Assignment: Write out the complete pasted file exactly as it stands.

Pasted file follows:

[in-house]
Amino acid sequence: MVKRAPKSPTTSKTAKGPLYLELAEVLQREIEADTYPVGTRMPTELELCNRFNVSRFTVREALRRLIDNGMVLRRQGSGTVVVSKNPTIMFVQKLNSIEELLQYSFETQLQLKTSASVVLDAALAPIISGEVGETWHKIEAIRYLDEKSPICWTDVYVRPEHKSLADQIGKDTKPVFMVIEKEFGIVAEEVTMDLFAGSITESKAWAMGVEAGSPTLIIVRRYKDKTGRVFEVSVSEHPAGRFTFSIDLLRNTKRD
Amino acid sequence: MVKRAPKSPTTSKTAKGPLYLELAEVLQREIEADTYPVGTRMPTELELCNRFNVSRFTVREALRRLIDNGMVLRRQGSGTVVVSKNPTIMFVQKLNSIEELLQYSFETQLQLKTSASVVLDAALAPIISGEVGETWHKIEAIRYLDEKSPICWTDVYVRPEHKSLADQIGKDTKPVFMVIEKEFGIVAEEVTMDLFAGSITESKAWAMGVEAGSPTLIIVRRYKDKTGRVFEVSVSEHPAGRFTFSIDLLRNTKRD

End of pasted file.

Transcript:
[in-house]
Amino acid sequence: MVKRAPKSPTTSKTAKGPLYLELAEVLQREIEADTYPVGTRMPTELELCNRFNVSRFTVREALRRLIDNGMVLRRQGSGTVVVSKNPTIMFVQKLNSIEELLQYSFETQLQLKTSASVVLDAALAPIISGEVGETWHKIEAIRYLDEKSPICWTDVYVRPEHKSLADQIGKDTKPVFMVIEKEFGIVAEEVTMDLFAGSITESKAWAMGVEAGSPTLIIVRRYKDKTGRVFEVSVSEHPAGRFTFSIDLLRNTKRD
Amino acid sequence: MVKRAPKSPTTSKTAKGPLYLELAEVLQREIEADTYPVGTRMPTELELCNRFNVSRFTVREALRRLIDNGMVLRRQGSGTVVVSKNPTIMFVQKLNSIEELLQYSFETQLQLKTSASVVLDAALAPIISGEVGETWHKIEAIRYLDEKSPICWTDVYVRPEHKSLADQIGKDTKPVFMVIEKEFGIVAEEVTMDLFAGSITESKAWAMGVEAGSPTLIIVRRYKDKTGRVFEVSVSEHPAGRFTFSIDLLRNTKRD